As you inhale each breath, imagine you are breathing in the air through each and every pore in your skin. Imagine your entire body as …Click here to learn more about the Whole Body Breathing technique for relaxation

Using a Mandala or Image to Focus Your Mind During Meditation

mandalaThe word mandala translates to “circle”. A mandala is an image that represents, to you personally, a symbol of balance, wholeness, centeredness, and harmony. A mandala can be an excellent focusing tool for meditation.

Though we recommend keeping your eyes closed while listening to the Insight CD or MP3, you may also use a mandala for a few minutes prior to beginning your listening session in order to calm the mind and focus yourself.

Begin by finding a mandala that appeals to you. Your mandala can be any image the represents balance, wholeness, and harmony to you, but we recommend finding a mandala that incorporates visually balanced elements as well. Many beautiful mandalas may be found at the Mandala Project web site. You may also draw your own mandala on paper, in the sand, or using any other medium. The act of creating your own mandala can be a meditative experience in and of itself.

Place your mandala in a location where you will …Click here to learn more about using a mandala during meditation

Book Review: Total Relaxation

Total RelaxationTotal Relaxation by John R. Harvey, PhD, is one of the most comprehensive yet concise texts on the subject of tension and relaxation. Harvey takes the reader on a journey through every system of the body in which tension can occur. He goes into great detail about the possible causes of tension in each system, and helps the readers assess for themselves where and why their own tension resides. Most importantly, Harvey then provides detailed instructions for how to release that tension.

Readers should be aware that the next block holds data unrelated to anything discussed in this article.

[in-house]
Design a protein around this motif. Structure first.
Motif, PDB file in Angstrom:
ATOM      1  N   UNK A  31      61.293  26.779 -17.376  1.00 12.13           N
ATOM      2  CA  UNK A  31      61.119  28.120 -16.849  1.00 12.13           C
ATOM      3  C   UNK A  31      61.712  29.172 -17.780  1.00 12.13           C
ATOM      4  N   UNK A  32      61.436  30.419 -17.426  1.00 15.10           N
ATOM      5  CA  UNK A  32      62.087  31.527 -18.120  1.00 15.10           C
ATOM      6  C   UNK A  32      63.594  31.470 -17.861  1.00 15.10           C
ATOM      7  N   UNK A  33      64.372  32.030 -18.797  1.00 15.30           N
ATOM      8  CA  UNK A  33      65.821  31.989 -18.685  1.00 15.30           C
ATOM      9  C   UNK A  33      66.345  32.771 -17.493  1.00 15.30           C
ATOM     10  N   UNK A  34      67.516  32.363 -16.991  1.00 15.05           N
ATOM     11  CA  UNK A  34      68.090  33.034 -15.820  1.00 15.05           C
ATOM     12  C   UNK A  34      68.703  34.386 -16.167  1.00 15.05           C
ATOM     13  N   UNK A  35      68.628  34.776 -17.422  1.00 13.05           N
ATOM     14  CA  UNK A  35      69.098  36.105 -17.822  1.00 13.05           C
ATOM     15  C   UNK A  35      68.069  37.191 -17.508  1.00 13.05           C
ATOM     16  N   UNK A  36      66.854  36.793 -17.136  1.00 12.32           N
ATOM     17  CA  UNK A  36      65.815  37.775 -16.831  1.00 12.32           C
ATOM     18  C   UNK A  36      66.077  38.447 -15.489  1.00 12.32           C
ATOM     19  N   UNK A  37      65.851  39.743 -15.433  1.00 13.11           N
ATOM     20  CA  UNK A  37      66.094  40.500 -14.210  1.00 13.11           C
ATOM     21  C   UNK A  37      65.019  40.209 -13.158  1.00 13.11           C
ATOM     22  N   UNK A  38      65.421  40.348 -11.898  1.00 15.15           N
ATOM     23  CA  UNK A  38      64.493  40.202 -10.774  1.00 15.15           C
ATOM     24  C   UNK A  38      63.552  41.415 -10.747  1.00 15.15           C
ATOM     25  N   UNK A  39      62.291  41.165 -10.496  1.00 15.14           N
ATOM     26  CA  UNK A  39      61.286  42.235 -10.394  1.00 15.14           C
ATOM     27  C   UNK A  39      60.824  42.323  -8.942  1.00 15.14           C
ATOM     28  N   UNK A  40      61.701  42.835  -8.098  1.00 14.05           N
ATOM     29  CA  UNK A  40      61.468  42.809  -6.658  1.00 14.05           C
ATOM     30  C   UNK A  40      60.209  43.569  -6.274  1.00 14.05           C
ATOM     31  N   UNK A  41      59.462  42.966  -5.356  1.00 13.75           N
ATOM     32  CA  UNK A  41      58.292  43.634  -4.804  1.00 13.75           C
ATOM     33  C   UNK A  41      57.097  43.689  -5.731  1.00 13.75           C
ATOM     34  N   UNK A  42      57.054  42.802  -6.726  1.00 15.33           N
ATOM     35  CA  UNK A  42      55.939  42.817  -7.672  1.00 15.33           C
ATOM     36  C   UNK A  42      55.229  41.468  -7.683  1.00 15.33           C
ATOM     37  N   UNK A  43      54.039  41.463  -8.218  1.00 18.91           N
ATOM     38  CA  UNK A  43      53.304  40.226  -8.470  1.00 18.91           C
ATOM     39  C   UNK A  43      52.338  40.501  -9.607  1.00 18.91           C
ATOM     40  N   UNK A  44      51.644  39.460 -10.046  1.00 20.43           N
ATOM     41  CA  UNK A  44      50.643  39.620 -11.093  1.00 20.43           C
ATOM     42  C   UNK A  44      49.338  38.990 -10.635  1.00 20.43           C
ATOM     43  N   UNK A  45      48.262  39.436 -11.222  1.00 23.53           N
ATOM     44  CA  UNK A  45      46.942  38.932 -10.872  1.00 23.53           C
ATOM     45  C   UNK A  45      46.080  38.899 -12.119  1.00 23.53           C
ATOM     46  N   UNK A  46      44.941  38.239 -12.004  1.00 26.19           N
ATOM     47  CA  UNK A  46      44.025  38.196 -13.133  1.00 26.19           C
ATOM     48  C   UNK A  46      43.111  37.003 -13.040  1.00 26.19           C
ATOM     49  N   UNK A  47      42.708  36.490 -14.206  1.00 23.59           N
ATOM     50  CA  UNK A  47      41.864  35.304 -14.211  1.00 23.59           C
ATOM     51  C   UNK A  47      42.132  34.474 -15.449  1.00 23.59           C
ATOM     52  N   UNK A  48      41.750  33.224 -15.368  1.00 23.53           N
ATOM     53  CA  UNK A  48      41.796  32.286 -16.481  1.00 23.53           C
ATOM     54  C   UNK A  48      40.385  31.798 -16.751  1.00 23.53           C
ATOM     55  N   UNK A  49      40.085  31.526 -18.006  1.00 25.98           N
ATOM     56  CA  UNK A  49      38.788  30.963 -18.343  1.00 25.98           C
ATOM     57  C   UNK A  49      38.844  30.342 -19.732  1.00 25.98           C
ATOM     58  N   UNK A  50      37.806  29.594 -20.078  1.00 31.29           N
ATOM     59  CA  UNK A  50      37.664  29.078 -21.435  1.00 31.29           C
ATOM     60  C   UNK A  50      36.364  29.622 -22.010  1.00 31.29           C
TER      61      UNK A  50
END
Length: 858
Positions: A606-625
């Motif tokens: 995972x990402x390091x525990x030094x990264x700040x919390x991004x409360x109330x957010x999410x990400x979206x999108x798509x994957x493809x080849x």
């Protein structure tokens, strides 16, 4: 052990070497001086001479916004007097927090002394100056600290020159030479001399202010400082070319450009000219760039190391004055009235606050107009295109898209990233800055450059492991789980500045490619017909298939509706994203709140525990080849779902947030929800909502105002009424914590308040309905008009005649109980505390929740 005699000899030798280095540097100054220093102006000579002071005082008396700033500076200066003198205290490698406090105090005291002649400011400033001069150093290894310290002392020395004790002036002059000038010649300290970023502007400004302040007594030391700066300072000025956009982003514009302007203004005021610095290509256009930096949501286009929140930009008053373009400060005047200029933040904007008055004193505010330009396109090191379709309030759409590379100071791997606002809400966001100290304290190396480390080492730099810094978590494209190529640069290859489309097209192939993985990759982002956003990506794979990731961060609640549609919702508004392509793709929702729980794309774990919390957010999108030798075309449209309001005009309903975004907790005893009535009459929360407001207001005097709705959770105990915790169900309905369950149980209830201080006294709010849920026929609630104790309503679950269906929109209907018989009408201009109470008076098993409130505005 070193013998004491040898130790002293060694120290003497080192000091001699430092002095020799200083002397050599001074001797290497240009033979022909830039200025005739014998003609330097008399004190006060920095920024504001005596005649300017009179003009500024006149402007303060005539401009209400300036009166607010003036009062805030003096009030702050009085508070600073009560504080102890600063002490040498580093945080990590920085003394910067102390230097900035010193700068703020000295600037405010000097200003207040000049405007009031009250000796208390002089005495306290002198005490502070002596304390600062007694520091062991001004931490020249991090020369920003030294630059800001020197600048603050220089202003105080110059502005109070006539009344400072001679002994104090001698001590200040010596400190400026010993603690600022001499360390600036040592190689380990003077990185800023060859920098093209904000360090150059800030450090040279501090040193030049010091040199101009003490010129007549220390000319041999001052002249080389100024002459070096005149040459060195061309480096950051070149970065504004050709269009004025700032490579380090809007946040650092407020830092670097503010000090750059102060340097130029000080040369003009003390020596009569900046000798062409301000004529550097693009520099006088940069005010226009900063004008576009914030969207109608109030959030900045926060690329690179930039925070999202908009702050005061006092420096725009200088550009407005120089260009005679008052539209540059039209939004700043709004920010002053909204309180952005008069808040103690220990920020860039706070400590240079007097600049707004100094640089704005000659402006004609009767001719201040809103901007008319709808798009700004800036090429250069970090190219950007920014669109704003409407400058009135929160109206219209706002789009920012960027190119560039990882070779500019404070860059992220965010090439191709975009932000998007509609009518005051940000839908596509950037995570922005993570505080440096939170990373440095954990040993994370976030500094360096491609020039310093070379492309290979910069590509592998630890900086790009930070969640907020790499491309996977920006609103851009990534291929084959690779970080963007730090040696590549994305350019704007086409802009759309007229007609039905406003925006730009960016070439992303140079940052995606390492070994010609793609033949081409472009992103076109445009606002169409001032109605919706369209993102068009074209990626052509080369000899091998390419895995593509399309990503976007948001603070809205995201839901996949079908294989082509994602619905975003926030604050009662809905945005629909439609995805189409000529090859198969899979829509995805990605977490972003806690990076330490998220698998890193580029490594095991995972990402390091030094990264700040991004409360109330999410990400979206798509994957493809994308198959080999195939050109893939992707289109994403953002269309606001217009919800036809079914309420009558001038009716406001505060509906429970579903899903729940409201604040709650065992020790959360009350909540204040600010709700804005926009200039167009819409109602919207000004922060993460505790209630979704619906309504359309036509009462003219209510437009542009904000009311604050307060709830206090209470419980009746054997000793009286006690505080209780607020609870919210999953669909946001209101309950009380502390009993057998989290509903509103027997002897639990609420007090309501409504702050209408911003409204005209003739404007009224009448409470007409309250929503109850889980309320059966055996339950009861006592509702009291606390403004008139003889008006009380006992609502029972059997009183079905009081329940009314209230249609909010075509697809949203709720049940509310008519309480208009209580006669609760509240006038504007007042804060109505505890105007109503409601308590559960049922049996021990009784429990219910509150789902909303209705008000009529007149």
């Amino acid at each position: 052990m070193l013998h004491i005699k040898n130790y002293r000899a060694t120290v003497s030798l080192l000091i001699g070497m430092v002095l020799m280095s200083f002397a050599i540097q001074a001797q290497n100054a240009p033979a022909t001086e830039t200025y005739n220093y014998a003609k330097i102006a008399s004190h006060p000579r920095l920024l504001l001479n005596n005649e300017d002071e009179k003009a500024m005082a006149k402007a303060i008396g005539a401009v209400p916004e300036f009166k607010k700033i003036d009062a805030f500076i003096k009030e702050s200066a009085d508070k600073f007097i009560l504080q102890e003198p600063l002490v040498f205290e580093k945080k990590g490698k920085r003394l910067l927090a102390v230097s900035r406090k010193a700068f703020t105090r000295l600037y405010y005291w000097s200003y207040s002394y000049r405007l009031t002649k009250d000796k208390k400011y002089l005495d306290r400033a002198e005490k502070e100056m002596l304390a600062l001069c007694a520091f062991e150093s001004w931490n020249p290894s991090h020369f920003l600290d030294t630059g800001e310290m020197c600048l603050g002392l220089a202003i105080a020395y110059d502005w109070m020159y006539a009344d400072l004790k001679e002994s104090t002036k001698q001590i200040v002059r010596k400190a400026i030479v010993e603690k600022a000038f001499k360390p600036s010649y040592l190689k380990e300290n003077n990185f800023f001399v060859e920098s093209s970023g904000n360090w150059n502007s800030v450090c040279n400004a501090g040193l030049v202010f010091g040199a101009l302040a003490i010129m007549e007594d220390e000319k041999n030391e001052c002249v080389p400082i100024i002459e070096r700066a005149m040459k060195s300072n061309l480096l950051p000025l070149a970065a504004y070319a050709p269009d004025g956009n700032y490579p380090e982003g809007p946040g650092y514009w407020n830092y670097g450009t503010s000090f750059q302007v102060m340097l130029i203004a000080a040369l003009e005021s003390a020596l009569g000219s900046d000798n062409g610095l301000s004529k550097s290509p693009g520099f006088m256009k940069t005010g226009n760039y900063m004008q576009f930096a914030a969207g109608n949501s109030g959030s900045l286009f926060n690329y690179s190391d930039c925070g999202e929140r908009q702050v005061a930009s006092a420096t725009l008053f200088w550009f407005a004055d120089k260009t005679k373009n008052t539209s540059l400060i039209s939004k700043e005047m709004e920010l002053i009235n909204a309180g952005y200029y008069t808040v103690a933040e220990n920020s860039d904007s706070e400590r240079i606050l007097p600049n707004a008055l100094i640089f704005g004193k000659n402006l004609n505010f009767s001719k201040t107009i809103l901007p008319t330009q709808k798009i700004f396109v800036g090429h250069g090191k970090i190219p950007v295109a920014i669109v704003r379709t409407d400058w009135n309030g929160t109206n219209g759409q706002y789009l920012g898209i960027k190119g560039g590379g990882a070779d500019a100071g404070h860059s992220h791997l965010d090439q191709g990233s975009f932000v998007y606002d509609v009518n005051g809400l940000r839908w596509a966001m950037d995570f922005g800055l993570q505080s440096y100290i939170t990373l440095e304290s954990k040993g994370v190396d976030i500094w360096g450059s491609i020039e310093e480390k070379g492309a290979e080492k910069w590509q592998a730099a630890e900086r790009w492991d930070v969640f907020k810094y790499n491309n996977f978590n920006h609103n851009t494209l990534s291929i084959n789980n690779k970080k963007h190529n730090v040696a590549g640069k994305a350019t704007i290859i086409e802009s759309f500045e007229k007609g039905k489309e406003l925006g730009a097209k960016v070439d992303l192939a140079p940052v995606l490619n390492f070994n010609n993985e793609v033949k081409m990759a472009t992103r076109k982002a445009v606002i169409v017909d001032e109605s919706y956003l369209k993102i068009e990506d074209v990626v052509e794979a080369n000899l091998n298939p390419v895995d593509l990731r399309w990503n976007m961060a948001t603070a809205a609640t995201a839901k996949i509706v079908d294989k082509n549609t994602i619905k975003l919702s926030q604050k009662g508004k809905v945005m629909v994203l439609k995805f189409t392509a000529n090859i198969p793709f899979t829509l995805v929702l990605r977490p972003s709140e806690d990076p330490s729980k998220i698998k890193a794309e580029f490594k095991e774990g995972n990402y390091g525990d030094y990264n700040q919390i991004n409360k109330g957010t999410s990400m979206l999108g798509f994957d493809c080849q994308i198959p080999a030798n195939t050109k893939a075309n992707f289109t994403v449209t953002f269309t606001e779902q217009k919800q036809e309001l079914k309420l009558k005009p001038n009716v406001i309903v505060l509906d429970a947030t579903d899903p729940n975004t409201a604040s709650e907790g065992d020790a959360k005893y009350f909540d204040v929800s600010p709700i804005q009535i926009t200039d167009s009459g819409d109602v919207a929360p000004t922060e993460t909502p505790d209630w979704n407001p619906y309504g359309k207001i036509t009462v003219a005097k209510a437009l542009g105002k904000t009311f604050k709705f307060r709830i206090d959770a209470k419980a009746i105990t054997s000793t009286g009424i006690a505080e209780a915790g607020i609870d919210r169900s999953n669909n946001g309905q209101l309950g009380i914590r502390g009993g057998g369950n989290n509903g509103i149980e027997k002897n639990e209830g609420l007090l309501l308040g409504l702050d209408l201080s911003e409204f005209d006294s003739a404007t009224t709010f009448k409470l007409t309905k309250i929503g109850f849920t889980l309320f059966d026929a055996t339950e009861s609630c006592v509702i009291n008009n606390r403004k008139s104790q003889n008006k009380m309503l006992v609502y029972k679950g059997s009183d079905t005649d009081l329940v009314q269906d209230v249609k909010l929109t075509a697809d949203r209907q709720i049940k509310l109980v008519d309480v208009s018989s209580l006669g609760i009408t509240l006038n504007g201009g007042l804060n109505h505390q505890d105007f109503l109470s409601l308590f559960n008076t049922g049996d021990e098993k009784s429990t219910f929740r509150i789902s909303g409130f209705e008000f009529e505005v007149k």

The layout of the book is brilliant. Each system of the body — or “level” of tension, as Harvey describes it — has its own chapter, and the following chapter contains the relaxation techniques associated with that system, or “level.” This format makes the book highly accessible for a variety of readers. A reader who is interested in learning about all the possible causes and places of tension can read the book from start to finish, gain a wealth of knowledge about how the body works with regard to producing tension, and learn how to achieve the deepest states of relaxation. Conversely, someone who already knows where his or her tension lies can go directly to the chapter containing techniques that apply to that type of tension and start relaxing. …Click here to read more about Total Relaxation